How to introduce your baby to your dog

Kristine Tarbert

Welcoming a new baby into the home is a huge moment in anyone’s life, but it’s important not to forget about how this might affect your fury family member who has, up until now, had you all to themselves.

The key is to introduce babies and dogs correctly from the very start to keep everyone happy, Pooches at Play’s vet Dr Melissa Meehan reveals.

“The process of introducing existing canine kids to a new baby doesn’t have to be a burden, provided you follow a few basic steps,” Melissa tells Be.

The veterinary surgeon of over 14 years says not think of it as your pup getting ‘demoted’ and instead ‘gaining a sibling’. She also says pre-planning is the key to success in the long run.

Introducing a baby to your dog can be stress-free. Photo: Getty

“If bubs hasn’t arrived yet, you can get in early by creating a positive association,” she tells us.

“Play a baby noise while your dog is eating, getting a pat or playing. Involve your dog in nursery preparations, talking to them reassuringly and giving them treats as the room evolves.”

Melissa also recommends giving a worn item of clothing to your dog straight after the birth so they have plenty of time to get used to the smell.

Having recently had to introduce her own son Luca to her two poodles Mia and Monty, Melissa admits it can be stressful when you first bring the baby home.

Give a worn item of clothing to you dog before bringing baby home. Photo: Getty

“Mia and Monty stayed at my parent’s house when we were in hospital and we left them there for a week until we’d settled in,” she reveals.

“This way, when they returned back home it was to a calmer environment and therefore less of a change.”

When it comes to the first introduction Melissa says to talk to your dog reassuringly in a normal happy tone the whole time, and use treats if possible.

“First let your dog smell bub’s foot, let them do it on their terms and never force them,” she says.

“Gradually let them smell more of the baby if they’re interested. Newborns don’t move around much so they’re unlikely to do anything unpredictable that will alarm your dog.”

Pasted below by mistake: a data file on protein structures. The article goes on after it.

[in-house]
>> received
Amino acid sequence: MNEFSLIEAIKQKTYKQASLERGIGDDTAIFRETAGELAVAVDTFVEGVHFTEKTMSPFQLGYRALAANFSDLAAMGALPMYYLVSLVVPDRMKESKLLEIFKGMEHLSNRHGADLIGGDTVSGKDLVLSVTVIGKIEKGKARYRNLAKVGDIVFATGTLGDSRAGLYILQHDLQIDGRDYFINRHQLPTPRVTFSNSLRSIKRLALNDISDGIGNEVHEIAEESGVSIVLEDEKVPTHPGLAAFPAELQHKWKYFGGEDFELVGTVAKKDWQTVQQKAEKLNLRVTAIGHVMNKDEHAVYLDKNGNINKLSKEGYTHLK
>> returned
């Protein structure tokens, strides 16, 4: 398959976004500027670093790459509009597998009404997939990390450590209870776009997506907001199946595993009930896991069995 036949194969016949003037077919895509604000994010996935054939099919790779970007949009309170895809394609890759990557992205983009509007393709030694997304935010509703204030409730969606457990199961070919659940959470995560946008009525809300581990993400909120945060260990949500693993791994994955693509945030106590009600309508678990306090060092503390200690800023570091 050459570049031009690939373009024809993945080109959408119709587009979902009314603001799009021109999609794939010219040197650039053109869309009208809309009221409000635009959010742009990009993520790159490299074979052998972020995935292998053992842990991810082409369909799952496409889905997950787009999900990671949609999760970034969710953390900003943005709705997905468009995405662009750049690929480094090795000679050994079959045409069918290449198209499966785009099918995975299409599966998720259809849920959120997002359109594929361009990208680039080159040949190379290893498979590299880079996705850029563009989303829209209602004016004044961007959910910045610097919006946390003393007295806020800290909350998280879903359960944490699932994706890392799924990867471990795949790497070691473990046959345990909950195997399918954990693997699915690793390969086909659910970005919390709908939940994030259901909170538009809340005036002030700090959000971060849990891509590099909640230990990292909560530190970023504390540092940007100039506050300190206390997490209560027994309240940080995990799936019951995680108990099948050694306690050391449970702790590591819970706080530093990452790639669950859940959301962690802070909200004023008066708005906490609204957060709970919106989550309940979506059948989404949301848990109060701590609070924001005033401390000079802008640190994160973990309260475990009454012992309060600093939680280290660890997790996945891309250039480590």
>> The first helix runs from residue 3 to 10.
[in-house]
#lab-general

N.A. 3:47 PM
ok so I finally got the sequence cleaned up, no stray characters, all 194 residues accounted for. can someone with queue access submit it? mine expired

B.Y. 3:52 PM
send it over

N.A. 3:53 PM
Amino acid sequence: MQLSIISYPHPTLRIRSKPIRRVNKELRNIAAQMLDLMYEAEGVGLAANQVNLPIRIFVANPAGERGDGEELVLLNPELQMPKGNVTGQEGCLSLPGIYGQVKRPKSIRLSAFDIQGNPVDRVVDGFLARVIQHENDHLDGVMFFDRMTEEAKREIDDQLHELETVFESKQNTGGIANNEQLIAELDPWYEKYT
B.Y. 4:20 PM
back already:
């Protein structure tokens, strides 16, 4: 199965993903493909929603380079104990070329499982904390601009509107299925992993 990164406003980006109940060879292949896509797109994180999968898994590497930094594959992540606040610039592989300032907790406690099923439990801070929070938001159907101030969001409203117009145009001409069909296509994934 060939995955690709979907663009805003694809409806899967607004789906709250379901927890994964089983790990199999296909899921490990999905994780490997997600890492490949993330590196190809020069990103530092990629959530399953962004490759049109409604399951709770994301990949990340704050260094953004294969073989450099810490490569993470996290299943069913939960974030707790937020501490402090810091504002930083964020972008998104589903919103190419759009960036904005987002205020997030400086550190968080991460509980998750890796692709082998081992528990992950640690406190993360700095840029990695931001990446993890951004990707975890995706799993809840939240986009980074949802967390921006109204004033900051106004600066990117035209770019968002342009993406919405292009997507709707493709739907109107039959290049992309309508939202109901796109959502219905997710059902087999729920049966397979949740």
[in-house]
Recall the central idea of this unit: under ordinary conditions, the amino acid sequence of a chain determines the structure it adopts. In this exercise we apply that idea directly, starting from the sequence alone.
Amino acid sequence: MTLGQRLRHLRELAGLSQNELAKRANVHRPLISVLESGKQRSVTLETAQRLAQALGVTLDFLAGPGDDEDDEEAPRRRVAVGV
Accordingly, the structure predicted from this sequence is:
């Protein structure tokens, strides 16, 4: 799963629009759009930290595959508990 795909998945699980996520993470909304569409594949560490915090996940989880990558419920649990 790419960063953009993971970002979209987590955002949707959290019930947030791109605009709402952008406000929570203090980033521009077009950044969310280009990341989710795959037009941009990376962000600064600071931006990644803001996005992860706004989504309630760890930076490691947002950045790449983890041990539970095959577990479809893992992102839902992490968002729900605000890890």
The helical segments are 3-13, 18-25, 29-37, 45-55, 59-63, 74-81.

Never leave your dogs unattended with children. Photo: Getty

So that things continue to go smoothly, Melissa has also given us some more tips and tricks from her own experience of bringing home a baby:

Never leave them alone
“This should be obvious but it’s often overlooked and needs to be implemented at all times – babies and dogs should never be left together unattended,” she says. “Dogs can accidentally walk on, knock or scratch a baby without any intention of hurting them.

“Also, babies can unintentionally be quite rough and uncoordinated and annoying to a dog and of course they can’t interpret the subtleties of dog body language.”

Involve them in night time feeds
“Involving your dog in night feeds can be a saviour. Dogs love to help and take part in these duties and getting up in the middle of the night can be quite isolating, so having your pooch by your side provides some much-needed moral support,” says Melissa.

Watch out for increased aggression
“Canine guarding behaviour over you will increase when you’re pregnant and then increase further once baby arrives,” Melissa says.

“So be prepared for some anti-social behaviour to passers-by when you go for a walk and nip it in the bud early with some training and food distraction.”

We want your dogs and babies to be best friends. Photo: Getty

No jumping
“Train your dog not to jump up - even if they’re only 2kg - before baby arrives. This will prevent any unwanted scratches to bubs from an over exuberant canine friend.

Melissa says it’s important to be empathetic to your dog’s needs throughout the whole process and not just focus on the new addition.

“If you allow them to be involved in your baby’s life as much as possible, in a safe and positive environment, your child will be able to appreciate the future canine companionship as much as you do,” she says.

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